Shedding all the time is generally not a significant health risk to rabbits, but it may be a little more frustrating for you, the caregiver. Your rabbit will always be shedding, so there will always be fur flying around. There’s not much you can do if your rabbit has a genetic problem, but you may be able to help your rabbit regain a natural seasonal molting if you place them in a room that gets natural light and reduce the amount of artificial light they receive.

When is fur loss in rabbits a problem?

Not all fur loss is the result of a shedding rabbit. Sometimes it can be the result of a much bigger health concern. Many of these health problems will involve bald patches. However since rabbits can sometimes lose fur in big clumps, bald patches are not always the most accurate symptom to look out for. 

Symptoms that will likely be occurring along with fur loss and bald patches include:

  • Crusty skin
  • Dandruff
  • Inflammation
  • Open sores
  • Excessive itching

Read more about when rabbit fur loss is abnormal

Sometimes bald patches appear as a result of excessive scratching. The rabbit may have fleas, mites, or even be stressed out.

Fleas and mites and ringworm

Parasites like fleas and mites, or fungal infections like ringworm are a possible culprit for abnormal fur loss in rabbits. The good news is that most of these infestations are easily treatable with some simple medications. Talk to your veterinarian to diagnose the problem and for instructions on which medications to use that are safe for rabbits.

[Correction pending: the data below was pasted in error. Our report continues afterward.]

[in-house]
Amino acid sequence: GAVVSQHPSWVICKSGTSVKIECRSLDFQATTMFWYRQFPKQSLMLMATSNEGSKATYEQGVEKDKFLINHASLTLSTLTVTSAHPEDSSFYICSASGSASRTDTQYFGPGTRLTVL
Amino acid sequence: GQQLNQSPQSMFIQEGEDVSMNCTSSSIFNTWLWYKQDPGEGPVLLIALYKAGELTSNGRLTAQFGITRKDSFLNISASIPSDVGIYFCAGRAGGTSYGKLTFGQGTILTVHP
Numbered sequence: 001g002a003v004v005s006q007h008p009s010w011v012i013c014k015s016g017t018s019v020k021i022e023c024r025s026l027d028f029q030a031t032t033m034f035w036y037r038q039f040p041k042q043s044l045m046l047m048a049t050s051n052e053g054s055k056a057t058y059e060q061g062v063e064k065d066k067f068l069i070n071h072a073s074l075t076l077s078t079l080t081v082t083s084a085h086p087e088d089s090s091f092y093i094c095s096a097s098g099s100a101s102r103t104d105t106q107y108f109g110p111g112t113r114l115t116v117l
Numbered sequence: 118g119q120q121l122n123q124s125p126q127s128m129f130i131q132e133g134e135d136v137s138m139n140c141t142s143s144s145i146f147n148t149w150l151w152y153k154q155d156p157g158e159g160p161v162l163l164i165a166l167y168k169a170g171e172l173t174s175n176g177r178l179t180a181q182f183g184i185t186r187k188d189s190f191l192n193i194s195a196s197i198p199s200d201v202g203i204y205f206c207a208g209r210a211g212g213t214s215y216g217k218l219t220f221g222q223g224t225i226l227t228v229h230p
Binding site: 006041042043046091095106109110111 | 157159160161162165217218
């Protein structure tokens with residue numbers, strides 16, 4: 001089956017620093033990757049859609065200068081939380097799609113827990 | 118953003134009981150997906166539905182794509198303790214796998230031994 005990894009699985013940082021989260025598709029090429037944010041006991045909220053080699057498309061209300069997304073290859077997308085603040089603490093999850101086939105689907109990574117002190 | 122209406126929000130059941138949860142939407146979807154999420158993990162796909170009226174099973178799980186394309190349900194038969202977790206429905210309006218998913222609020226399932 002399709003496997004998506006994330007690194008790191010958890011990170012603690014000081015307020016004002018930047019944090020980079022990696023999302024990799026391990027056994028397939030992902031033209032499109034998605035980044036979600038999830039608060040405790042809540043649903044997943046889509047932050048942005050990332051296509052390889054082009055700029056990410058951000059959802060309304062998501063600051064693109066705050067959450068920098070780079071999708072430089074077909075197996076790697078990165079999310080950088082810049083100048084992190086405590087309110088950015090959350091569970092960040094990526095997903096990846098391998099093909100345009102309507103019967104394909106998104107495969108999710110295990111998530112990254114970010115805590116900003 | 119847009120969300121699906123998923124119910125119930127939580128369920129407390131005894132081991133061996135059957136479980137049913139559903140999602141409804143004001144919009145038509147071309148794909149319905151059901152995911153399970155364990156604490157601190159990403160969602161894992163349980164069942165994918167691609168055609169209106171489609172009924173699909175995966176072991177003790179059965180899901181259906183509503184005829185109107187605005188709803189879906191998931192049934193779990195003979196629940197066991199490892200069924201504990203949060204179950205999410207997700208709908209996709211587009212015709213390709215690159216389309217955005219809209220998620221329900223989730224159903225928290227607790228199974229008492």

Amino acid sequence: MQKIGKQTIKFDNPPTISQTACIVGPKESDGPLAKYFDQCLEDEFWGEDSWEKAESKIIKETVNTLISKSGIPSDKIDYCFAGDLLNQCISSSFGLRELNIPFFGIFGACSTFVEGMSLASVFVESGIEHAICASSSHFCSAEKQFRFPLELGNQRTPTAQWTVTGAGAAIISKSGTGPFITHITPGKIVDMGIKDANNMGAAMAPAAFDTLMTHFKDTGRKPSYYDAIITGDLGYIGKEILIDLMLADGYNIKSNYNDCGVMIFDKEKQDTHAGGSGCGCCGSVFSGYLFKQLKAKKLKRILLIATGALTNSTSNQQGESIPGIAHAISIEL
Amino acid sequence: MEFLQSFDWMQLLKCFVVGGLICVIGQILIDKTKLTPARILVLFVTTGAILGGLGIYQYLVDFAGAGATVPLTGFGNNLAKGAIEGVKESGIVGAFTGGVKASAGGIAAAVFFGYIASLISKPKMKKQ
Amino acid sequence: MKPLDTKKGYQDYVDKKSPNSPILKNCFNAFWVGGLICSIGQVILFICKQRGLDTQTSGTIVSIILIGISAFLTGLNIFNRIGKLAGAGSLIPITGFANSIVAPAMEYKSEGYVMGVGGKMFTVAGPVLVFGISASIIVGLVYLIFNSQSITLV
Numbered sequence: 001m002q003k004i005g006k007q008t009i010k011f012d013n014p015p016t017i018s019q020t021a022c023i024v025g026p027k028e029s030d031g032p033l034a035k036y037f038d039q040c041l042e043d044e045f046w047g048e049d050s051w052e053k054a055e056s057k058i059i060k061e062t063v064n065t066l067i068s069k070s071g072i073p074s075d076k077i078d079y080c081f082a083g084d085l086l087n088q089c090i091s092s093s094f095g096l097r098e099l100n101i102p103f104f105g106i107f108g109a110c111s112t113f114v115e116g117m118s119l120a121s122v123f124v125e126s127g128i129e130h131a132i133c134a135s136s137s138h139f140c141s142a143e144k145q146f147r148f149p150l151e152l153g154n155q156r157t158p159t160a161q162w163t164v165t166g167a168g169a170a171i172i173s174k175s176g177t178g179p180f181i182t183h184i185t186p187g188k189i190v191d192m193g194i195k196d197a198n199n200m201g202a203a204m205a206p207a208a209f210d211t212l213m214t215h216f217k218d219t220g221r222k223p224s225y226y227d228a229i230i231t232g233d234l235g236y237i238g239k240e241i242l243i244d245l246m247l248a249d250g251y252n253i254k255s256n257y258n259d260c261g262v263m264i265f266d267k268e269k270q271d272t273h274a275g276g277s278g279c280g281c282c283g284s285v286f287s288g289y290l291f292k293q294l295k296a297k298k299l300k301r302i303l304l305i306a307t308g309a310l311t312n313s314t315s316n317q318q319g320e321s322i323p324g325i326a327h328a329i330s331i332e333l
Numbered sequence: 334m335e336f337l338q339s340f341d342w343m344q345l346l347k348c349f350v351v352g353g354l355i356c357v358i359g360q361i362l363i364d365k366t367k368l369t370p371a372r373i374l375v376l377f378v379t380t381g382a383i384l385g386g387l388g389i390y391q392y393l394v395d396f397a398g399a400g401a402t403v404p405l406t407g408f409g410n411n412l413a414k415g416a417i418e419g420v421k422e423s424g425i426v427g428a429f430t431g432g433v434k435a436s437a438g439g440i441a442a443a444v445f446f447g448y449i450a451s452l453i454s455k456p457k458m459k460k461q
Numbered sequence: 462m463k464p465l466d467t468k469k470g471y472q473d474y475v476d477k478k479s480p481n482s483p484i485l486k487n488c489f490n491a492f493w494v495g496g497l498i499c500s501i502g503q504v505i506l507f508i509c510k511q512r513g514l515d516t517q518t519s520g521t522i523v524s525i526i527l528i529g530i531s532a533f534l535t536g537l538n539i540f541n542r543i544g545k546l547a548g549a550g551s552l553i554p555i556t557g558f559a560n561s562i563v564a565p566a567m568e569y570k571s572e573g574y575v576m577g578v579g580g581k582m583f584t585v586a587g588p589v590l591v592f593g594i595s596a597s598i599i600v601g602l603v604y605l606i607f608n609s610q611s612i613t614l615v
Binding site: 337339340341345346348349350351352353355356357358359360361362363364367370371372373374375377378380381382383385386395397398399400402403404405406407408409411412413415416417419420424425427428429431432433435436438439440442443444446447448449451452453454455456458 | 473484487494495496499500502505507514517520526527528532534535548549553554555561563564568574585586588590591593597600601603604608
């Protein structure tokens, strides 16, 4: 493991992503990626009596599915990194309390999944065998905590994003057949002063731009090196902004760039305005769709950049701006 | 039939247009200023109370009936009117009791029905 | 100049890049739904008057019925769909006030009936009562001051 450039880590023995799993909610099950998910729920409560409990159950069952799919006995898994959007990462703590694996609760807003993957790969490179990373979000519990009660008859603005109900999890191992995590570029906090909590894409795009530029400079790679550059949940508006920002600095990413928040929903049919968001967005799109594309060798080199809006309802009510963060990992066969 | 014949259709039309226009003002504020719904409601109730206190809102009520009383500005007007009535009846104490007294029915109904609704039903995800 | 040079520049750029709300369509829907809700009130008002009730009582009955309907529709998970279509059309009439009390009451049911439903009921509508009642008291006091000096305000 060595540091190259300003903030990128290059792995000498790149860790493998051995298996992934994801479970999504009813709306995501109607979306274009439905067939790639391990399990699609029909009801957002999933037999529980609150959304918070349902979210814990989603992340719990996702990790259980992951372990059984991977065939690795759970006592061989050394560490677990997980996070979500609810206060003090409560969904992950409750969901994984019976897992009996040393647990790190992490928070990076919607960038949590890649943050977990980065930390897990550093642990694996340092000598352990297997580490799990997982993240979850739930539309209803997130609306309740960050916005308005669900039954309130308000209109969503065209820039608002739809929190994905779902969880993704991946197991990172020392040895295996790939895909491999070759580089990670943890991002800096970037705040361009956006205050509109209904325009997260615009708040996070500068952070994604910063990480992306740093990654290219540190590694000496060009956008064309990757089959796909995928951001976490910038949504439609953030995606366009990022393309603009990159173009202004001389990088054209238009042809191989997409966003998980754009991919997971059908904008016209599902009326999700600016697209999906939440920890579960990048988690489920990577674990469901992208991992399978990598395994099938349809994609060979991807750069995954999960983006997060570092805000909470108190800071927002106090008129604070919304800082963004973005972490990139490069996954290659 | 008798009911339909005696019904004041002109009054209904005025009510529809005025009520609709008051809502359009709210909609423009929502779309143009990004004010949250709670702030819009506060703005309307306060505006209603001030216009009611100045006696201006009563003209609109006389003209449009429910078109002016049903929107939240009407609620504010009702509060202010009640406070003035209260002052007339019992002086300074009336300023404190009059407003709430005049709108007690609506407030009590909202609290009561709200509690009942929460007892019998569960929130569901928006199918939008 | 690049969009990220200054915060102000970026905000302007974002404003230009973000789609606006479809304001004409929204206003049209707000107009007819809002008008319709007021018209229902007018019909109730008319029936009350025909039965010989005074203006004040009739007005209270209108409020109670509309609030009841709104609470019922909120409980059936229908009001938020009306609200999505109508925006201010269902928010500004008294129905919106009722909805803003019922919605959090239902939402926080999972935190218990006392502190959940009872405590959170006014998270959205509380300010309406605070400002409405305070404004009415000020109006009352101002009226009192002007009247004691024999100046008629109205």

There are a few different types of mites that can infest a rabbit. Ear mites and mange will cause fur loss and painful crusting skin around the rabbits eyes, nose and ears. The skin will also be inflamed and more prone to infection.

Another type of mites, known as fur mites, has a much more subtle effect. These will cause a condition that will look like flakes or dandruff on the skin. It may also cause bald patches and excessive itching in rabbits. (Learn more about ear mites in rabbits)


Fleas are usually not as obvious a problem as mites. In small amounts, fleas will be difficult to detect at all. However, a severe flea infection will cause significant itching and scratching, which will eventually lead to fur loss in the rabbit. (Learn how to prevent and treat fleas)


Ringworm is a fungal infection that affects many different species, not just rabbits. It looks like a round bald patch in the fur with slightly irritated skin. Ringworm in rabbits can also cause some small red bumps. It’s important to talk to your veterinarian to get a medication to use for your rabbit. The creams that humans can use to help with ringworm are not safe for rabbits.

Saliva burn

If your rabbit is losing fur only on the area under their chin and on their chest, it may be the result of saliva burn. This is when a rabbit is drooling, causing the area under their chin to be wet all the time. Wet  fur and skin can cause a lot of irritation and itchiness, which will result in fur loss, rashes, or sores.